Eunapius remarked that Iamblichus's writings were neither eloquent nor graceful— or, "as Plato used to say of Xenocrates, he has not sacrificed to the Hermaic graces" (Vit. soph. 458). This, although only in part, may help to explain why our English translation of the De mysteriis has been so long in the making! Hans Dieter Betz first approached John Dillon and Jackson Hershbell some years ago, suggesting a follow-up to their collaboration on the translation of the De vita pythagorica. John worked on his translation during a year spent in Paris in 1996, while Jack attempted to plough through the seemingly interminable Books II and III in Minnesota. Due to extenuating circumstances, including illness and a heavy workload, the project was temporarily shelved.
John and I met in 1998 and I joined the team for a second wind in 1999. The three of us met in Dublin in November of that year, and John and I again in May 2000. The collaboration has been both stimulating and, at last, greatly productive, and we feel that this edition offers a substantial contribution to the accessibility of this strange and often turgid text. We have not attempted a full textual commentary, which, in any case, would be inappropriate in that we do not offer a substantially new version of the text; we have, however, provided extensive notes which aim to place Iamblichus firmly where he belongs—in the world of Platonism, and as a commentator on Egyptian and Assyrian magic.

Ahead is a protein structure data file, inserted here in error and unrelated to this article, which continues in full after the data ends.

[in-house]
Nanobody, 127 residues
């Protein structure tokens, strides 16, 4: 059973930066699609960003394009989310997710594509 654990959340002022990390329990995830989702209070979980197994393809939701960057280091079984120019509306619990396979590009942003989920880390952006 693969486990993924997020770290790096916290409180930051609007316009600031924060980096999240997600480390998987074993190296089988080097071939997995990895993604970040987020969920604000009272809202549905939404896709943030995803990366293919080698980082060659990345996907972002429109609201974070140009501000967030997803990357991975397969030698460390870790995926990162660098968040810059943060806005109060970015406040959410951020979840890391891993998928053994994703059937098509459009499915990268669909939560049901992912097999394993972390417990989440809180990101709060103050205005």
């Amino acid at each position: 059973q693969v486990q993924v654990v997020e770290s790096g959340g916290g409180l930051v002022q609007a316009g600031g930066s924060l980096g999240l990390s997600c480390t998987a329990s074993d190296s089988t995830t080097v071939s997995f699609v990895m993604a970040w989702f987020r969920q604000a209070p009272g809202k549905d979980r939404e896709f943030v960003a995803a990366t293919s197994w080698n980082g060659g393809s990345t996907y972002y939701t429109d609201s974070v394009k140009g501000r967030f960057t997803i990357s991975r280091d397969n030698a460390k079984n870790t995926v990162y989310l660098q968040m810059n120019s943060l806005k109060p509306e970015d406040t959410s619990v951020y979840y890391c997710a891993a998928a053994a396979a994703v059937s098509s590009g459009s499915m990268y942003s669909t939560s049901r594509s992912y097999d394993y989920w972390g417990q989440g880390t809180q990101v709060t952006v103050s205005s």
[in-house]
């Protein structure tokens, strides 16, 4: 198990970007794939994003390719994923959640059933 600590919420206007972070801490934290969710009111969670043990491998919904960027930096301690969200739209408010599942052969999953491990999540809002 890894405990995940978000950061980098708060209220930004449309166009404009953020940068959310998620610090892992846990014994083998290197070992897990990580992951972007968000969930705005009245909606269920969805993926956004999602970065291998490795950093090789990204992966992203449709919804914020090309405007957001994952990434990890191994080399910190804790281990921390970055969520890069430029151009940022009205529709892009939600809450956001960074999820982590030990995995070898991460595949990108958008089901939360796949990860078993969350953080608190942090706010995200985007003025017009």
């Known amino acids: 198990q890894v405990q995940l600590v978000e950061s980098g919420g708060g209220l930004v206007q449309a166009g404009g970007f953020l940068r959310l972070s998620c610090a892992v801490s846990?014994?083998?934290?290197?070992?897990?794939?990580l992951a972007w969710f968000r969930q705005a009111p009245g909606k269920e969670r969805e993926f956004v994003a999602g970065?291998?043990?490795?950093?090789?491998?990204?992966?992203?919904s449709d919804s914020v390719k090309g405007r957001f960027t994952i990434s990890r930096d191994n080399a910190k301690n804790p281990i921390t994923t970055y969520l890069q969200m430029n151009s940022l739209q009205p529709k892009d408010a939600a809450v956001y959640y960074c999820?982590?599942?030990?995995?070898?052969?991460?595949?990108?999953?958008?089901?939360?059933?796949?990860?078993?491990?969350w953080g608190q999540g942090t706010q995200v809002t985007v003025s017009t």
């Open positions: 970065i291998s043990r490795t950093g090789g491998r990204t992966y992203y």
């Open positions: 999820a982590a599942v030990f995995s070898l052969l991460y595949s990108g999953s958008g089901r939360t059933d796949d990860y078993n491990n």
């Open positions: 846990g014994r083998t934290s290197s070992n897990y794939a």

We owe a huge debt to Johan Thorn, who has studied our work in enormous detail and furnished us with a huge number of valuable corrections and improvements. My own special thanks are owed to Jack and to John, from whose collaboration I have learned so much, and to John Fitzgerald who has been unfailingly supportive and has helped me with the editing far more than he should. Juggling an edition of the De mysteriis with full-time school-teaching has been an experience to say the least, and it is his support that has helped to make this possible.
Emma C. Clarke